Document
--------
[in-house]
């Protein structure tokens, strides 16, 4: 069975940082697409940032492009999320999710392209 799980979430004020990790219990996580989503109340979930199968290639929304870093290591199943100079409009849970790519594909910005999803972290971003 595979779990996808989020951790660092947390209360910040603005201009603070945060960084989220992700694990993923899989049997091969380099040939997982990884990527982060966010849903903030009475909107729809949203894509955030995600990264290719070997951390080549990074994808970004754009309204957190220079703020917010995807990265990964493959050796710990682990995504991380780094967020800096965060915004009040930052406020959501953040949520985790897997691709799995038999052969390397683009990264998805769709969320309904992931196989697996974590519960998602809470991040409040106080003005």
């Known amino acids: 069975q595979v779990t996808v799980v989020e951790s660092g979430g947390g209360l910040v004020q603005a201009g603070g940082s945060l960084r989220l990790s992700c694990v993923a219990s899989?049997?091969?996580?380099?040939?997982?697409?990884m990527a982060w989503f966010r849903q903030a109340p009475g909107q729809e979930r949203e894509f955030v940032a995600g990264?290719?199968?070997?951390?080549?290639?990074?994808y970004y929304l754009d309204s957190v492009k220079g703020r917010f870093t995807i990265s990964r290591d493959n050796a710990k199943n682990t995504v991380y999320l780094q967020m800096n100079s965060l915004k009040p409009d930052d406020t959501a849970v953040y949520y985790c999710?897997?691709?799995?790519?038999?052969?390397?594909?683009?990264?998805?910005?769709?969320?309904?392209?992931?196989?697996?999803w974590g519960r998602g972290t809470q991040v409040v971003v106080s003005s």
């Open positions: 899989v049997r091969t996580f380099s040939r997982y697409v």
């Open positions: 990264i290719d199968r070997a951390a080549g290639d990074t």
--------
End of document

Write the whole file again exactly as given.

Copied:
[in-house]
């Protein structure tokens, strides 16, 4: 069975940082697409940032492009999320999710392209 799980979430004020990790219990996580989503109340979930199968290639929304870093290591199943100079409009849970790519594909910005999803972290971003 595979779990996808989020951790660092947390209360910040603005201009603070945060960084989220992700694990993923899989049997091969380099040939997982990884990527982060966010849903903030009475909107729809949203894509955030995600990264290719070997951390080549990074994808970004754009309204957190220079703020917010995807990265990964493959050796710990682990995504991380780094967020800096965060915004009040930052406020959501953040949520985790897997691709799995038999052969390397683009990264998805769709969320309904992931196989697996974590519960998602809470991040409040106080003005």
């Known amino acids: 069975q595979v779990t996808v799980v989020e951790s660092g979430g947390g209360l910040v004020q603005a201009g603070g940082s945060l960084r989220l990790s992700c694990v993923a219990s899989?049997?091969?996580?380099?040939?997982?697409?990884m990527a982060w989503f966010r849903q903030a109340p009475g909107q729809e979930r949203e894509f955030v940032a995600g990264?290719?199968?070997?951390?080549?290639?990074?994808y970004y929304l754009d309204s957190v492009k220079g703020r917010f870093t995807i990265s990964r290591d493959n050796a710990k199943n682990t995504v991380y999320l780094q967020m800096n100079s965060l915004k009040p409009d930052d406020t959501a849970v953040y949520y985790c999710?897997?691709?799995?790519?038999?052969?390397?594909?683009?990264?998805?910005?769709?969320?309904?392209?992931?196989?697996?999803w974590g519960r998602g972290t809470q991040v409040v971003v106080s003005s």
């Open positions: 899989v049997r091969t996580f380099s040939r997982y697409v």
């Open positions: 990264i290719d199968r070997a951390a080549g290639d990074t």